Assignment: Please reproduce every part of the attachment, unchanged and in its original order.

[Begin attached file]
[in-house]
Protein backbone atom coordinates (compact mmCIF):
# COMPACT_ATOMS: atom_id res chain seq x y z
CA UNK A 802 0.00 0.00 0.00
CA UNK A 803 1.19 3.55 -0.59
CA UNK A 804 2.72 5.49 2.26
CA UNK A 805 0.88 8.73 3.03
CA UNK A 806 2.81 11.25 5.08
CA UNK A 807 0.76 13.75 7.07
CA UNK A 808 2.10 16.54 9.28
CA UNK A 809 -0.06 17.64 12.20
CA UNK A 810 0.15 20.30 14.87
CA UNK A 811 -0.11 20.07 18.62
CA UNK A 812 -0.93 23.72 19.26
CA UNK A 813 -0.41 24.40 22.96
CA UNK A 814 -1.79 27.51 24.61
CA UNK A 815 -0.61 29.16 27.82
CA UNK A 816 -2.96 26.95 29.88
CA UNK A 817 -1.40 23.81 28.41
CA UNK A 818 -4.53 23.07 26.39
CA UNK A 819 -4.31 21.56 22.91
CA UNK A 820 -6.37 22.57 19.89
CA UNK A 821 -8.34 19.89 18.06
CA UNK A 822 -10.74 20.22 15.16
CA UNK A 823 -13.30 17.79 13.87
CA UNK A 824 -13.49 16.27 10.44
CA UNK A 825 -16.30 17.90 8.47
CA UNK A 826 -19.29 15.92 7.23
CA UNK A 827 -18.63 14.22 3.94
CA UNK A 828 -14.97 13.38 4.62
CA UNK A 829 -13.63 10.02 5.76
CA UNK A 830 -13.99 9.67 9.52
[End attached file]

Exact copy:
[in-house]
Protein backbone atom coordinates (compact mmCIF):
# COMPACT_ATOMS: atom_id res chain seq x y z
CA UNK A 802 0.00 0.00 0.00
CA UNK A 803 1.19 3.55 -0.59
CA UNK A 804 2.72 5.49 2.26
CA UNK A 805 0.88 8.73 3.03
CA UNK A 806 2.81 11.25 5.08
CA UNK A 807 0.76 13.75 7.07
CA UNK A 808 2.10 16.54 9.28
CA UNK A 809 -0.06 17.64 12.20
CA UNK A 810 0.15 20.30 14.87
CA UNK A 811 -0.11 20.07 18.62
CA UNK A 812 -0.93 23.72 19.26
CA UNK A 813 -0.41 24.40 22.96
CA UNK A 814 -1.79 27.51 24.61
CA UNK A 815 -0.61 29.16 27.82
CA UNK A 816 -2.96 26.95 29.88
CA UNK A 817 -1.40 23.81 28.41
CA UNK A 818 -4.53 23.07 26.39
CA UNK A 819 -4.31 21.56 22.91
CA UNK A 820 -6.37 22.57 19.89
CA UNK A 821 -8.34 19.89 18.06
CA UNK A 822 -10.74 20.22 15.16
CA UNK A 823 -13.30 17.79 13.87
CA UNK A 824 -13.49 16.27 10.44
CA UNK A 825 -16.30 17.90 8.47
CA UNK A 826 -19.29 15.92 7.23
CA UNK A 827 -18.63 14.22 3.94
CA UNK A 828 -14.97 13.38 4.62
CA UNK A 829 -13.63 10.02 5.76
CA UNK A 830 -13.99 9.67 9.52